Last updated on June 30th, 2018 at 08:49 pm
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Hi, and welcome back.
So in the last video, we so how you can represent a hexadecimal number within your code.
So in this video, we’re going to look at binary numbers and how you can represent a binary number within your code.
So if at any point you want to use a binary number, it will start with zero and ‘b’ for binary or zero and a capital ‘B’ for binary still.
Even here, the ‘o’ is for octal and here the ‘x’ is for hexadecimal.
If you want to tell the system right away that the number that we’re talking about right now, let me remove all of this, remove everything.
You want to represent a number as a binary, you want to let the system know that a numbers is a binary, you’ll just do ‘0b’ and whatever number it is, 10 or maybe 10.
Then you display that is 10.
Then let’s say we declare a variable, we’ll call it num=0b1010.
Then now we can do different things with our variable.
Let’s say num, num*num.
What result will it give us? 100.
We can even change it to 000001.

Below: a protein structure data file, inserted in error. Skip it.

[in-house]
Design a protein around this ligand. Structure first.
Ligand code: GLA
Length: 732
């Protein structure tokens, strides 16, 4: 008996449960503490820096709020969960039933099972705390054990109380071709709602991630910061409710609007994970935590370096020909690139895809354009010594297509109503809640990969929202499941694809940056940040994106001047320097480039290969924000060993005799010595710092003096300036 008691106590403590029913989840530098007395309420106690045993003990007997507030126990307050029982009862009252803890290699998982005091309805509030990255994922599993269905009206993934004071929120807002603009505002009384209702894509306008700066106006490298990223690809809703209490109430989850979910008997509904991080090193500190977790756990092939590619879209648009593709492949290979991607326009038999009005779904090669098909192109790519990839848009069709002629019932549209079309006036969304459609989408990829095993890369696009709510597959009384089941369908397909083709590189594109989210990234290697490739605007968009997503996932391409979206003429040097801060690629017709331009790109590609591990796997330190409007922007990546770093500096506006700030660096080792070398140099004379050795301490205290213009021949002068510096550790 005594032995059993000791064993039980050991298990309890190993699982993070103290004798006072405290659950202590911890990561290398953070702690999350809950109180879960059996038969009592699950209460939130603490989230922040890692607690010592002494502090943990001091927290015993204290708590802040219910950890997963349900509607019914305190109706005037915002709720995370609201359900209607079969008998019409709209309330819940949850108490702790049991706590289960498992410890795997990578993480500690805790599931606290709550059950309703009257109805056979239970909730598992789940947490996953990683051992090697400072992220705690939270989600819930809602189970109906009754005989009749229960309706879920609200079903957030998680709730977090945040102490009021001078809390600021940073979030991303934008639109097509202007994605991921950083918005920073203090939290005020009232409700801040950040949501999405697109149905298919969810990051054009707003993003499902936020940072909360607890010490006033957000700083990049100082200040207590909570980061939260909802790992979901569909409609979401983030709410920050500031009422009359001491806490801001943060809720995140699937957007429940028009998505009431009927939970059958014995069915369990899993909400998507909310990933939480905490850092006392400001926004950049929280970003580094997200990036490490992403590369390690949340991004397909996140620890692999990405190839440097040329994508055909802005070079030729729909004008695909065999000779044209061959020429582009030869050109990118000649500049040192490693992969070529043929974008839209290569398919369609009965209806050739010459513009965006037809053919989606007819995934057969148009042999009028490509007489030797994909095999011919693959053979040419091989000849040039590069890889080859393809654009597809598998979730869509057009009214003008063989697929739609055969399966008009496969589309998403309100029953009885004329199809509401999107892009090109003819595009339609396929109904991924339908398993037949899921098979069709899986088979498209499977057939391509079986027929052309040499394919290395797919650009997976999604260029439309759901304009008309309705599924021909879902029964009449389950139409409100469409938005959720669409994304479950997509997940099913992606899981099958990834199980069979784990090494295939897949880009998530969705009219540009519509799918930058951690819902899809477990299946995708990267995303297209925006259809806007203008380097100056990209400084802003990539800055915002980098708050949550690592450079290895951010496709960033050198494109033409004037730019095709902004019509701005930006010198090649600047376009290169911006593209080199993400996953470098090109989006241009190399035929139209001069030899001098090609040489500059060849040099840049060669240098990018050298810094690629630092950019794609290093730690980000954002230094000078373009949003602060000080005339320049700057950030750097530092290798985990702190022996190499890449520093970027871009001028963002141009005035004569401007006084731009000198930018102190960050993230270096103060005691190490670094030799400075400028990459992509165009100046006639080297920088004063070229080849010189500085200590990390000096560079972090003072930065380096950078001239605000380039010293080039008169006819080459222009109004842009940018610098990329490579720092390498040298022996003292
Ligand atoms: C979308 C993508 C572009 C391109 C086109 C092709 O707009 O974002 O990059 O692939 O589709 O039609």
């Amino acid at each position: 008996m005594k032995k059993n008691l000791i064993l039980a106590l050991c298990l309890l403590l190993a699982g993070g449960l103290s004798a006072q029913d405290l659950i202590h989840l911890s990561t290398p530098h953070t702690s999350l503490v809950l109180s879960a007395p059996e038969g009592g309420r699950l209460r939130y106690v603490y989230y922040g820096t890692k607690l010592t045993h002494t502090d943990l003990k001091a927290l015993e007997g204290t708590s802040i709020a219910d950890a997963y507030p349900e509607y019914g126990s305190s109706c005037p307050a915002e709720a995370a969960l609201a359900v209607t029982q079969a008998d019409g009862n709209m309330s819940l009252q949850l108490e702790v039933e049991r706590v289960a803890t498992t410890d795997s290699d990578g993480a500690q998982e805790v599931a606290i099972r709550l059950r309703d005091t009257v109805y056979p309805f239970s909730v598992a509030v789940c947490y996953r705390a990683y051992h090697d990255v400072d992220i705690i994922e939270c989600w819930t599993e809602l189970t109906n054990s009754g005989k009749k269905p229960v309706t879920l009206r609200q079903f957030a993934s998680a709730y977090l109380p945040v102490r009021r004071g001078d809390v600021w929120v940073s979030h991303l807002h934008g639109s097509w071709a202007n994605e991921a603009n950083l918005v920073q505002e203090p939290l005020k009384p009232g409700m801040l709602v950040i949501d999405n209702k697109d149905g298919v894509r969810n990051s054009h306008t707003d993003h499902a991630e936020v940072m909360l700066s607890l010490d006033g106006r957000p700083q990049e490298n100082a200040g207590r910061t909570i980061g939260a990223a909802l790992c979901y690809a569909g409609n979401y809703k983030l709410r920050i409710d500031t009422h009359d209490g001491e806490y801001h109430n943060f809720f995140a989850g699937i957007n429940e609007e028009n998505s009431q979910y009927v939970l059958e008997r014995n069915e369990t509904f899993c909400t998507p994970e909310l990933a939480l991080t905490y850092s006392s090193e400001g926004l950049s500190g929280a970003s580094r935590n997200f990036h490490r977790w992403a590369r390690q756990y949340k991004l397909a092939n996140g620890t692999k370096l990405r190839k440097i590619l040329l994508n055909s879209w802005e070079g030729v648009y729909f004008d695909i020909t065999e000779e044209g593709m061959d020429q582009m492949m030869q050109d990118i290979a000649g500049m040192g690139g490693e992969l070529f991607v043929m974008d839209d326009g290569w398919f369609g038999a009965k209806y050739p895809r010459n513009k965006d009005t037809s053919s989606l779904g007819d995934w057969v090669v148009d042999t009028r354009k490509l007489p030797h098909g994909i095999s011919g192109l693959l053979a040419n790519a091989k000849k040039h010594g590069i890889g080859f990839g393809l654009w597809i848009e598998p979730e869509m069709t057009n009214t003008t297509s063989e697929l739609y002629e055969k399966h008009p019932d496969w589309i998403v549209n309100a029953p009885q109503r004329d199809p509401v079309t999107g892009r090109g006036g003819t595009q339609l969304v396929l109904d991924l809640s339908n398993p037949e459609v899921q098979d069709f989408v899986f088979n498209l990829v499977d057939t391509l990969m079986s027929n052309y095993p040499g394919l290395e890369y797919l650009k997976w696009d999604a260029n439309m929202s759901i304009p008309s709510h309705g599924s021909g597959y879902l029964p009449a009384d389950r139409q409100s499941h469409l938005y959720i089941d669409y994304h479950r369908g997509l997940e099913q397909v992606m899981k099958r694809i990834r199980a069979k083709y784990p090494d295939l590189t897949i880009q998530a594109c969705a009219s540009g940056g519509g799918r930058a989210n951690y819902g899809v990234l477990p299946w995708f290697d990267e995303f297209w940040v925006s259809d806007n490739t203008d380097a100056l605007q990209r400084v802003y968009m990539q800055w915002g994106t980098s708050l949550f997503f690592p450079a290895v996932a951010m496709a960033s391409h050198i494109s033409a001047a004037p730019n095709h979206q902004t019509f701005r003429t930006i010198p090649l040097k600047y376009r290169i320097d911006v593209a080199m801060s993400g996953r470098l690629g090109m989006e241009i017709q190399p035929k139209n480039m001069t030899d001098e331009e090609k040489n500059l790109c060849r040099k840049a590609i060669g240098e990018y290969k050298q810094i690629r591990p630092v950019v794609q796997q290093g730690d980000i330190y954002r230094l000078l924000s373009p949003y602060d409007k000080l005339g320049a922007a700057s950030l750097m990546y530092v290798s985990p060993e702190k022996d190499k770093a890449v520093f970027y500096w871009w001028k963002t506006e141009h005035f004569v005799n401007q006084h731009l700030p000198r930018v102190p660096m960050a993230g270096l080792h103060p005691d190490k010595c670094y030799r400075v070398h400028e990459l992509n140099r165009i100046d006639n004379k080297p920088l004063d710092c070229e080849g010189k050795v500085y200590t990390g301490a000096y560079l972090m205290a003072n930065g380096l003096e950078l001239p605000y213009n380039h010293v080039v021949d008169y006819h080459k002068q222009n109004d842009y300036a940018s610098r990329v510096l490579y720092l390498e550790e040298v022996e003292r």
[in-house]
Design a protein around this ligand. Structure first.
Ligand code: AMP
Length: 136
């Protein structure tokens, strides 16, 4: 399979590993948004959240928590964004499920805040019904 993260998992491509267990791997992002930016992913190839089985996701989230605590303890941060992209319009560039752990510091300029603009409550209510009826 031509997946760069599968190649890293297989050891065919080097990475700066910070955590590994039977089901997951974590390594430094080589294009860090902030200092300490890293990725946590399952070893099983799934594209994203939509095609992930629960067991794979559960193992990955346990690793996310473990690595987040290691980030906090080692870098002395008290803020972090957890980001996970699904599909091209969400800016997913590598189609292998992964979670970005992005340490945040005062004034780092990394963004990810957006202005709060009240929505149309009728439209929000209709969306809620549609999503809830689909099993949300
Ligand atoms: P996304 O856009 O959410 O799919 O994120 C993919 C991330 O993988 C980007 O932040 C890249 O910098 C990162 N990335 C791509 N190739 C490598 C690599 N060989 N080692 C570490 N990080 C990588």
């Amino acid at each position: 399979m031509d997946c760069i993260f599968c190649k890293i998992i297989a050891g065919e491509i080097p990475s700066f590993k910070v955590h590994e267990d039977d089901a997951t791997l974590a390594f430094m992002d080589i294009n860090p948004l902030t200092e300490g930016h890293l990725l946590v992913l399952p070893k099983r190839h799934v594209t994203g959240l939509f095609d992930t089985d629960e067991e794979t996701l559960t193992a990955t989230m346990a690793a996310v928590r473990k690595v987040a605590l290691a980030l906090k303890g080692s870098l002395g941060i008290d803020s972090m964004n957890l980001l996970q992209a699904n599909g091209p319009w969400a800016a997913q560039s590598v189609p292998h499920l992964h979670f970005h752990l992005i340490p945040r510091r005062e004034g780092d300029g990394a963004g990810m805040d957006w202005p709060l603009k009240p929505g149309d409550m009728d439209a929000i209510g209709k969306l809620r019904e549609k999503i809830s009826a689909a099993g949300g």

Then we display which number.
This is, you can see, we can also display the value of ‘num’ so that you can know which number we are working with.
So if I display, you see this is a number that this is equivalent to.
In binary numbers you know it only has zero and one.
So at any point within this if I have something like 2, we know this is going to give us an error.
It’s going to be an error because ‘2’ is not part.
Because we know that 2 is not part of the possible numbers in a binary number.
If I display this, you see it gives us all these errors.
If you want the system to know that the number you’re using is a binary number, it will start with zero and a small ‘b’ or a capital ‘B’ and the numbers within it must be a ‘0’ or a ‘1’.
So I hope by now you understand the different kind of integer literals that you can use.
You can use a number as a decimal, you can use as a octal, you can use as a hexadecimal, you can use as a binary.
And you know how you can represent a numbers as an octal.
That is using zero and ‘o’ or zero and capital ‘O’ and as a hexadecimal by using zero and ‘x’ or zero and capital ‘X’ and as a binary buy using zero and small ‘b’ or zero and capital ‘B’.
And as I said in most cases, you’re only going to find yourself using decimal numbers.
And with decimal numbers, they’re very easy to write.
If you want to write 24, 24.
No, nothing in front of it.
You want to write 30, just that simple.
You want to write 2030 you don’t have to use anything before it or after it.
As long as it’s a number that contain 0-9 with nothing in front of it, it will definitely automatically be interpreted as a decimal number.
So that’s it for this section on integer literals and I will see you in the next section.
If you have any questions, feel very free to let me know.
So I’ll see you in the next section.
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